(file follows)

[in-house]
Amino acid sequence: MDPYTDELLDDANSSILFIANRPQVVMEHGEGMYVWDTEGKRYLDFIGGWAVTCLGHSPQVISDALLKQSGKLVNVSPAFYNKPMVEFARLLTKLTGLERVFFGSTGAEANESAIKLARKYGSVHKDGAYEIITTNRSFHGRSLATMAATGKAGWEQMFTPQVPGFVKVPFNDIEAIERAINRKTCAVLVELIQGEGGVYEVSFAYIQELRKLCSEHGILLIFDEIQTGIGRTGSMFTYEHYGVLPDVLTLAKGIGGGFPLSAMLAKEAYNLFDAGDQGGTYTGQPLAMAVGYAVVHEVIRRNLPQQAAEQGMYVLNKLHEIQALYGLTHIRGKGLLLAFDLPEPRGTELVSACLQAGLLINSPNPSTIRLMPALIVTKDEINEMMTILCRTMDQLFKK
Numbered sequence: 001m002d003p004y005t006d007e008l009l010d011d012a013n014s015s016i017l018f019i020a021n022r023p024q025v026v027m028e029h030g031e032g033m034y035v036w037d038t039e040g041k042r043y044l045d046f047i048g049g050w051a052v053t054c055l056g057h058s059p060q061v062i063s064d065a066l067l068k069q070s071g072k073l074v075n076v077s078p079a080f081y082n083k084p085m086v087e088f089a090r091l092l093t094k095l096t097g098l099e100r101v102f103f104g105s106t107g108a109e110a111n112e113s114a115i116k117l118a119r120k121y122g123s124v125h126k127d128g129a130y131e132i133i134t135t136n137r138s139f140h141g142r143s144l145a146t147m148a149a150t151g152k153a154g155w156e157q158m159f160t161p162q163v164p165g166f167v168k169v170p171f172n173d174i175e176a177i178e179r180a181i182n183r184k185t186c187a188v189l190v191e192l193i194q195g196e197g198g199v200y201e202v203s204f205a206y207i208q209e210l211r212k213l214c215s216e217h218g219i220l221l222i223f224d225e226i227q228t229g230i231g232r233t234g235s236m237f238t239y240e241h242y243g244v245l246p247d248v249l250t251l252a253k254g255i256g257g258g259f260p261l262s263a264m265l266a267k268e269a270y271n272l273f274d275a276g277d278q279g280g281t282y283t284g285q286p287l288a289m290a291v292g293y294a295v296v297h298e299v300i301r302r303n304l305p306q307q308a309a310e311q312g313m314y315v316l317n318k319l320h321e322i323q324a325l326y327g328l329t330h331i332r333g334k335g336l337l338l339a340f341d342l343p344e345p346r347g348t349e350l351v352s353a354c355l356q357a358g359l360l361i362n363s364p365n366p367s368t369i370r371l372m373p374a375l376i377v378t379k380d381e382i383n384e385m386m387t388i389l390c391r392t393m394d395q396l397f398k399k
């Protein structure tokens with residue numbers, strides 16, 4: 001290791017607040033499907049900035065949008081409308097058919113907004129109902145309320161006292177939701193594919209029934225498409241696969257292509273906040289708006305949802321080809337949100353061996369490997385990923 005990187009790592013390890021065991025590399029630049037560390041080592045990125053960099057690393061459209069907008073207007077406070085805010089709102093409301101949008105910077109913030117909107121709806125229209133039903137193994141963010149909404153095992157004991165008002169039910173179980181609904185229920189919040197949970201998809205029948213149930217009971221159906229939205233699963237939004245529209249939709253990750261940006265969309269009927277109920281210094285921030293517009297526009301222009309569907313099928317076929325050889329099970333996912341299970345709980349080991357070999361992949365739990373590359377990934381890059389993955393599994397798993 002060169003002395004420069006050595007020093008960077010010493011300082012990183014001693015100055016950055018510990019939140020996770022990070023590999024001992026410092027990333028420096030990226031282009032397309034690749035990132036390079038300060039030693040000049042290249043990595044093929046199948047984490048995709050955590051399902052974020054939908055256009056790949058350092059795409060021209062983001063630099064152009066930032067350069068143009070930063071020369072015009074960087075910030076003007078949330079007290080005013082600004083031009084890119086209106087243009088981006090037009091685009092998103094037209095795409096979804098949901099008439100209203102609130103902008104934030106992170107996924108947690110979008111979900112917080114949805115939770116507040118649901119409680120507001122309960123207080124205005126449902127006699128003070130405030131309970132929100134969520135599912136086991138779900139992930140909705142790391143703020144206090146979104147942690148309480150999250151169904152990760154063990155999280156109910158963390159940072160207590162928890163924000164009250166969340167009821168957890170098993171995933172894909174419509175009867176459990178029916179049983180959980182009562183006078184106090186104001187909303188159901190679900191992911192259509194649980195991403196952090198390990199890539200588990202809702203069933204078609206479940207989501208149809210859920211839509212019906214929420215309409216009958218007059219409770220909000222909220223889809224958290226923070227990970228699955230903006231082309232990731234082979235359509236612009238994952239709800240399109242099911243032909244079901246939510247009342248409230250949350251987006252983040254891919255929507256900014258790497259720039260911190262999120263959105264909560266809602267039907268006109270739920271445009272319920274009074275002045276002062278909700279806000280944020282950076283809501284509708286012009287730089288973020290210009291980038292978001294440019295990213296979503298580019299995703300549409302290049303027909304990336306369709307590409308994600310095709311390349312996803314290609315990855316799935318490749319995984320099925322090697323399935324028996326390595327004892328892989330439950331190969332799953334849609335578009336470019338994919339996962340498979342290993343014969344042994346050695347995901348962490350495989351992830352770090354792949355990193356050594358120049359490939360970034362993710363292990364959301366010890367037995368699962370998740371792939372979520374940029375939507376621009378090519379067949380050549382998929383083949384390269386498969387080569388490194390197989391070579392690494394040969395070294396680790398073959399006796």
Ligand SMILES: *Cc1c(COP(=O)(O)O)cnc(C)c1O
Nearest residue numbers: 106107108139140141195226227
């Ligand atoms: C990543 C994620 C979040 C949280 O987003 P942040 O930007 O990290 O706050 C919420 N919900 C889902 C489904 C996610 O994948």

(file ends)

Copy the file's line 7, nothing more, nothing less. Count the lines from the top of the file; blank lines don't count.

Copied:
């Ligand atoms: C990543 C994620 C979040 C949280 O987003 P942040 O930007 O990290 O706050 C919420 N919900 C889902 C489904 C996610 O994948």